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The best Royal Parks to visit in London

London may be home to the highest number of people per square metre in the UK, but visit one of its Royal Parks and you wouldn’t know it. These vast green spaces are a breath of fresh air in a capital city that never stops, so it’s no wonder they’re one of the top things to do here. London has eight Royal Parks in total, and they’re all maintained to the same picture-perfect standard. Whether you’re planning a romantic break, or a family picnic, we’ve picked out four of the best parks to visit. They’re all easy to get to from London Victoria Coach Station, which is where your megabus coach will drop you in London.

Hyde Park

One of the biggest and best-known parks in London, Hyde Park really is unmissable if you’re visiting the capital. Stroll through its 350 acres of meadows, tree-lined footpaths and ornamental gardens, hire a rowing boat and head out on The Serpentine lake, or listen to a political debate at Speakers’ Corner.

The Diana, Princess of Wales Memorial Fountain is another must-see, and there’s a series of events running in the park throughout the year. BST Hyde Park is the flagship summer music event, and has hosted everyone from the Rolling Stones to Taylor Swift over the years. And Hyde Park Winter Wonderland takes over in winter, with ice skating, fairground rides and a traditional Christmas market.

How to get there: You can walk to Hyde Park from London Victoria Coach Station in 20 minutes via Grosvenor Place. There are buses along this route, too.

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Kensington Gardens

Kensington Gardens – which were originally part of Hyde Park – have the added attraction of a real Royal residence. Kensington Palace, which is now the official residence of Kate and Wills, runs regular tours, exhibitions and family-friendly events.

The gardens themselves are as beautiful as you’d expect, filled with ornamental flowerbeds and criss-crossed with grand avenues. Children will enjoy visiting the Peter Pan statue and couples should check out the Albert Memorial, commissioned by a grieving Queen Victoria in memory of her beloved husband, Prince Albert.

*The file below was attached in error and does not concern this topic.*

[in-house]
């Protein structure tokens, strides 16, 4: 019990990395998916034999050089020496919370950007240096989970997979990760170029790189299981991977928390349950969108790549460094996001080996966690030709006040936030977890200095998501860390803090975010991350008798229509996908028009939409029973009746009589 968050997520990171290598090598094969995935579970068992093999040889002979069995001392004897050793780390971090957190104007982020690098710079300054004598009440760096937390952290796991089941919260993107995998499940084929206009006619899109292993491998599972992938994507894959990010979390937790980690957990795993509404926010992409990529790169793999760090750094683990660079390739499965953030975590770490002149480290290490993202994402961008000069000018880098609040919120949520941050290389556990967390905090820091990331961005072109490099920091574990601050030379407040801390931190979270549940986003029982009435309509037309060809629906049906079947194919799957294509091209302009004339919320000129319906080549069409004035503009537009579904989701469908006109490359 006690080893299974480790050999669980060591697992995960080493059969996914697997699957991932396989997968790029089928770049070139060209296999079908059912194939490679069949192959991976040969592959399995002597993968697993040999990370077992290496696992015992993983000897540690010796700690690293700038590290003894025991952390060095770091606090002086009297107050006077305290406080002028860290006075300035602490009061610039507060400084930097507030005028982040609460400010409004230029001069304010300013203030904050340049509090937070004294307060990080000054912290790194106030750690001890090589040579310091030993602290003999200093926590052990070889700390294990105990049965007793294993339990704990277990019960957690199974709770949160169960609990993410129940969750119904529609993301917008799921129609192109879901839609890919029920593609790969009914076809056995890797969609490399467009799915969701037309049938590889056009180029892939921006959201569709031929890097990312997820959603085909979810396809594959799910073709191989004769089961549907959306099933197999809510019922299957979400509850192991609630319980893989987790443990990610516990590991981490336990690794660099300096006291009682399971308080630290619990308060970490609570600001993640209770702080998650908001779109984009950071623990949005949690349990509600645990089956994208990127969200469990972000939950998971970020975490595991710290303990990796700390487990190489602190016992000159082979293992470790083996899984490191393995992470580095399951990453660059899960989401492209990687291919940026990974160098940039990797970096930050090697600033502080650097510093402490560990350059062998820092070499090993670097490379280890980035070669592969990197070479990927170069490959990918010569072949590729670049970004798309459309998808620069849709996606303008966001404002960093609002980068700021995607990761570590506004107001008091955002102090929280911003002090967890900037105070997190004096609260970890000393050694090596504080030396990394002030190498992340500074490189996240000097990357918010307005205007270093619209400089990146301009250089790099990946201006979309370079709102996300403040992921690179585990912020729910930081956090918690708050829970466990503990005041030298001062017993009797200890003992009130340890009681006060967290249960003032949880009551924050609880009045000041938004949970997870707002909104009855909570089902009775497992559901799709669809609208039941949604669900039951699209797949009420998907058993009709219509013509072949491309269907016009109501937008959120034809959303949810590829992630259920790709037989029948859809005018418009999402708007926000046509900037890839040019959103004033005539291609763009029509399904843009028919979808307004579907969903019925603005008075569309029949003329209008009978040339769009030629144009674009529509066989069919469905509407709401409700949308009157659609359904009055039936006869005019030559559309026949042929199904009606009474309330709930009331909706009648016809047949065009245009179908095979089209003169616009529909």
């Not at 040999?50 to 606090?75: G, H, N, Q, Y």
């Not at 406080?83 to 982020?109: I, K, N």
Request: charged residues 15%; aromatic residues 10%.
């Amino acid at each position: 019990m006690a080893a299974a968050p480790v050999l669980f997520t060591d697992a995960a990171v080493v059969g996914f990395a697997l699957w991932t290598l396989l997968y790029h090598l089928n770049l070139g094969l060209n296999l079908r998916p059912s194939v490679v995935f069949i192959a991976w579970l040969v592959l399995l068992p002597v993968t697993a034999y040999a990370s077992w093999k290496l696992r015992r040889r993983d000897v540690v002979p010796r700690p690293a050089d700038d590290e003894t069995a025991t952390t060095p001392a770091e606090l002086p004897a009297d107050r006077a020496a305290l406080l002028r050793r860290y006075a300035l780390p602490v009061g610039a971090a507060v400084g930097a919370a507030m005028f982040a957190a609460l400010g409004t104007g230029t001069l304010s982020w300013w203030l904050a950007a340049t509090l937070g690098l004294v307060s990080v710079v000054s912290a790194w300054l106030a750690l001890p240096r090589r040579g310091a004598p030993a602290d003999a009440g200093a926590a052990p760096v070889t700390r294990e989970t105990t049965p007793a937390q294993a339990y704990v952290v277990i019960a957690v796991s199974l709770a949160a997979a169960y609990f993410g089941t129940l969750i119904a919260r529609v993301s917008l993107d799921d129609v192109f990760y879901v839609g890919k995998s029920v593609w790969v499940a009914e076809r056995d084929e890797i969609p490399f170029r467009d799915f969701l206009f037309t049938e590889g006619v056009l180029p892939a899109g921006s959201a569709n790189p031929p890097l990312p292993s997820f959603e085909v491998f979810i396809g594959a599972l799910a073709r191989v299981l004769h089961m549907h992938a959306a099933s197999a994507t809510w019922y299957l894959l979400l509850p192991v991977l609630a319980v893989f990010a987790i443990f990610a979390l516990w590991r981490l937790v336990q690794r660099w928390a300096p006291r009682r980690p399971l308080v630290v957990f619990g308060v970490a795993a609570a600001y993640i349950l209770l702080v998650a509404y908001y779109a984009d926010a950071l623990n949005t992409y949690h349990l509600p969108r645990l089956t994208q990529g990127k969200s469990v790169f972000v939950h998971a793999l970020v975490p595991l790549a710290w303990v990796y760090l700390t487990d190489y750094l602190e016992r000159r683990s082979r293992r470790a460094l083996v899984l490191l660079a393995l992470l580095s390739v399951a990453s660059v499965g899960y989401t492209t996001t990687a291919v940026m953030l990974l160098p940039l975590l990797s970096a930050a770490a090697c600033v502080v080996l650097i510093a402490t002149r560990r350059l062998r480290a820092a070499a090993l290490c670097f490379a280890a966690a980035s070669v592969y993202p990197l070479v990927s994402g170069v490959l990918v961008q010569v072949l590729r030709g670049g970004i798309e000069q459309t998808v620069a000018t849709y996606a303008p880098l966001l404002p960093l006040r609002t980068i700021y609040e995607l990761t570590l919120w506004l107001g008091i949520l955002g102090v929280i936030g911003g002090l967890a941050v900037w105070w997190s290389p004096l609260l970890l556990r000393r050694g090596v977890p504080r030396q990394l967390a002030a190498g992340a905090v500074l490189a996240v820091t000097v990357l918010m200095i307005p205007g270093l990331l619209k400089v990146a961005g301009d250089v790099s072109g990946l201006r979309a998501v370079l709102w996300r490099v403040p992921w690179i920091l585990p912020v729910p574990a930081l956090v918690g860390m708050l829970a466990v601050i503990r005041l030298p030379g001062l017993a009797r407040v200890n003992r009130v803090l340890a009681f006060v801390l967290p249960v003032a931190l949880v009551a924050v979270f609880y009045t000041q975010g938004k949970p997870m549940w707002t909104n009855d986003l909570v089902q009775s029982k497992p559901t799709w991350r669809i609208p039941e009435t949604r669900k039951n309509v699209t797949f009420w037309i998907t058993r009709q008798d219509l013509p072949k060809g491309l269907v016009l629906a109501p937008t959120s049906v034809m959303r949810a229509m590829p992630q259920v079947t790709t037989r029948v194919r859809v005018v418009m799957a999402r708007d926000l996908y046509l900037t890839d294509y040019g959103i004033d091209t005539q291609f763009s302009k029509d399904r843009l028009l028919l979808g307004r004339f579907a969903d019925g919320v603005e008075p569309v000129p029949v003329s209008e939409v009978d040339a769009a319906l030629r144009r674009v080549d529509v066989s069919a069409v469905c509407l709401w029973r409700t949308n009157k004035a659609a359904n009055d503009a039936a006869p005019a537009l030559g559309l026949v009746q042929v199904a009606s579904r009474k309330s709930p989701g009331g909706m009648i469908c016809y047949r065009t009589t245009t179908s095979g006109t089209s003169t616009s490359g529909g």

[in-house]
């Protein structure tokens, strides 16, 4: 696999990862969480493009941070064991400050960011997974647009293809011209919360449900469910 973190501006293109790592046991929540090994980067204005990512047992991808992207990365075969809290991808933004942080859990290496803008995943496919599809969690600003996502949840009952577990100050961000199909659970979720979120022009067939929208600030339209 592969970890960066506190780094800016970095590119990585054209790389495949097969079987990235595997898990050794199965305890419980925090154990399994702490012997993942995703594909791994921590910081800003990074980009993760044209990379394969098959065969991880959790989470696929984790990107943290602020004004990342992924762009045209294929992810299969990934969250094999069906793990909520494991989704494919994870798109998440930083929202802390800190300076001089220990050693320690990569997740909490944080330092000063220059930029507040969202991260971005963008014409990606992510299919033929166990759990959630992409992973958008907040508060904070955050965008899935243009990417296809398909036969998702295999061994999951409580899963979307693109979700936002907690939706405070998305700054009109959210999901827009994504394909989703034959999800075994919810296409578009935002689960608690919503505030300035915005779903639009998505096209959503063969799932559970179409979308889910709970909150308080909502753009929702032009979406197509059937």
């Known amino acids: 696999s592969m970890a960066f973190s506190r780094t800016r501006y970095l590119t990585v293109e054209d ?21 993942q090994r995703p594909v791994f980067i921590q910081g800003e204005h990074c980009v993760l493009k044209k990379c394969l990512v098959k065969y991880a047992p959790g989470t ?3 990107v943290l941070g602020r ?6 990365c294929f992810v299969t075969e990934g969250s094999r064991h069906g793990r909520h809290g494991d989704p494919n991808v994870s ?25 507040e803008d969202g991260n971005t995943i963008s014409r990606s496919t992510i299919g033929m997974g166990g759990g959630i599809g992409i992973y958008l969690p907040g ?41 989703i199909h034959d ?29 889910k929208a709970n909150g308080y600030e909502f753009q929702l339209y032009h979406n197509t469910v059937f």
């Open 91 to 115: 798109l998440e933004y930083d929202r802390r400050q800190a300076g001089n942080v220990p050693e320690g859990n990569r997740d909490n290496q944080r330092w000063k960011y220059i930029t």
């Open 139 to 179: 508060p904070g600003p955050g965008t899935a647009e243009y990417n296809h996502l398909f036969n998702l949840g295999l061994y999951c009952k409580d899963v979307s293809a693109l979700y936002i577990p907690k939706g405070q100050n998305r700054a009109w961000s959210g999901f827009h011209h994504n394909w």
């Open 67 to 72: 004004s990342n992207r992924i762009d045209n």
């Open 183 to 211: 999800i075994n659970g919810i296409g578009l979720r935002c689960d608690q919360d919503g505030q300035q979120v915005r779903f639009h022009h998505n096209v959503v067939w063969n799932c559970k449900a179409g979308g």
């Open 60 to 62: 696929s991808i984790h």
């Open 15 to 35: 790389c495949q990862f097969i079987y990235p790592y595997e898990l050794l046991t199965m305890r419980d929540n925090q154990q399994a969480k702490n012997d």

How to get there: Kensington Gardens are essentially on the other side of the Serpentine Lake in Hyde Park, so your best bet is to spend the morning in Hyde Park, then wander over to Kensington Gardens for the afternoon.

The Regent’s Park

You could spend all day in The Regent’s Park and not get bored. Start with a walk through some of the famous gardens, including the Allotment Garden and Queen Mary’s Gardens – a mass of 12,000 roses in 400 varieties. If you’re here with kids, take the little monkeys to see the real thing at ZSL London Zoo. There’s a boating lake, too, and The Hub, which is officially the largest outdoor sports facility in London. Factor in the Regent’s Park Open Air Theatre, which hosts evening performances under the stars, and you’ve got your itinerary for the day sorted.

How to get there: Head over to London Victoria railway station and hop on the Victoria Tube line. Get off at Warren Street and The Regent’s Park is a 10-minute walk.

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St James’s Park

The oldest of London’s Royal Parks, St James’s Park, is also one of its most famous. It’s where the Trooping the Colour ceremony takes place every year on Horse Guards Parade. Plus, it’s home to The Mall, which links Trafalgar Square at one end and Buckingham Palace at the other.

Right next door you’ve got The Green Park, which is another of London’s Royal Parks. It’s the smallest of them all, and as such it’s a really lovely spot for a peaceful picnic in the summer.

How to get there: You can walk to St James’s Park in about 20 minutes from Victoria Coach Station, via Buckingham Palace Road. 

If you want to find out more about what you can get up to in the capital, check out our London city guide.

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